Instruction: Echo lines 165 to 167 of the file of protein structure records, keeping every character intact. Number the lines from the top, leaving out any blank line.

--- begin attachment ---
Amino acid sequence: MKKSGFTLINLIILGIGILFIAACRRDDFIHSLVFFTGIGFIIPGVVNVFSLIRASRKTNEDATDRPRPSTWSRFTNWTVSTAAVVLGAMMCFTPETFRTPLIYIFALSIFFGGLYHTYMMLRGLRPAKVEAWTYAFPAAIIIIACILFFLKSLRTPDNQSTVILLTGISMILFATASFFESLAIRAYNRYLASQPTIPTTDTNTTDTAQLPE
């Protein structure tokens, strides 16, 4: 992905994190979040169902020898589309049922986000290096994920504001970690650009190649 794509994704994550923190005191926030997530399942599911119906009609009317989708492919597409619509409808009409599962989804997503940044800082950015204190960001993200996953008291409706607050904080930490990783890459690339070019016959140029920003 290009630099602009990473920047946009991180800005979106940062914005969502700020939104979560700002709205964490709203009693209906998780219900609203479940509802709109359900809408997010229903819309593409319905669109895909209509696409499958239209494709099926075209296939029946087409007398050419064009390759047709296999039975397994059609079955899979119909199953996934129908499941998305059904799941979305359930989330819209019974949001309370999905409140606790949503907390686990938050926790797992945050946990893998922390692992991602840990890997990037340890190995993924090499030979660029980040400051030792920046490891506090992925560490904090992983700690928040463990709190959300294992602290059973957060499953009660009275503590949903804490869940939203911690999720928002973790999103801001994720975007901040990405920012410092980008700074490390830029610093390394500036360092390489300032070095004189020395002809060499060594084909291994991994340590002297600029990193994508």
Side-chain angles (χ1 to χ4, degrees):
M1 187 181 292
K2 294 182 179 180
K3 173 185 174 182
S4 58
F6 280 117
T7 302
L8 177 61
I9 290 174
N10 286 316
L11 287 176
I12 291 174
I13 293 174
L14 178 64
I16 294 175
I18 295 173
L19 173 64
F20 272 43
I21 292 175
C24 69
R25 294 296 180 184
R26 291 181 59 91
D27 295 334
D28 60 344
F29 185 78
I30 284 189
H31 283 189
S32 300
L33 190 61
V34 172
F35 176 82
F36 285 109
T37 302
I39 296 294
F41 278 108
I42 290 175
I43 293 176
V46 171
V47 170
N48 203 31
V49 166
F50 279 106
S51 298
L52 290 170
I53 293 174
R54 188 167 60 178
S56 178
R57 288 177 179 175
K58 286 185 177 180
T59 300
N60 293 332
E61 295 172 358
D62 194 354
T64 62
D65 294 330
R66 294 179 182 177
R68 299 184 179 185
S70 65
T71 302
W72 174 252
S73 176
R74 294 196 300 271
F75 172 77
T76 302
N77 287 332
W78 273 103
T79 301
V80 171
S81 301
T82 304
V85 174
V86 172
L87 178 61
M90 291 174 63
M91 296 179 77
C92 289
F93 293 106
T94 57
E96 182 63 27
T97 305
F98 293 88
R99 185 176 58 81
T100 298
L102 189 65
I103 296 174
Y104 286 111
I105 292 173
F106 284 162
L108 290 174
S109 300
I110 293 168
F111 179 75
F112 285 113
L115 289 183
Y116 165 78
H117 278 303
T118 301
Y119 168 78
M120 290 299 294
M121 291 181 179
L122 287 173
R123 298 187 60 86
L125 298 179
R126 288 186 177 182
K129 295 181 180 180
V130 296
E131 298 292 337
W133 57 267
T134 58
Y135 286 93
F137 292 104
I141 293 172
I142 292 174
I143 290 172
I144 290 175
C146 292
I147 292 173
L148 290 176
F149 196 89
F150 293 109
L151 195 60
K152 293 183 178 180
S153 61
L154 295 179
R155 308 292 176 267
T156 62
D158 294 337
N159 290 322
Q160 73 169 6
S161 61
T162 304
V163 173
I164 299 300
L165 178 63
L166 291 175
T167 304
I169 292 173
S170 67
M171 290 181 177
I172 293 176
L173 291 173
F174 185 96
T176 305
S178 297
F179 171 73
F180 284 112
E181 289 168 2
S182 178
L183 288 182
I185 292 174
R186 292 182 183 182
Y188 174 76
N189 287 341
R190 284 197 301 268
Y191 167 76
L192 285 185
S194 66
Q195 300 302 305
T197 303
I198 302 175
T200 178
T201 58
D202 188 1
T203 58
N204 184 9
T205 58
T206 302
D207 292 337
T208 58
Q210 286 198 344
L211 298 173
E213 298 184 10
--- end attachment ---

D202 188 1
T203 58
N204 184 9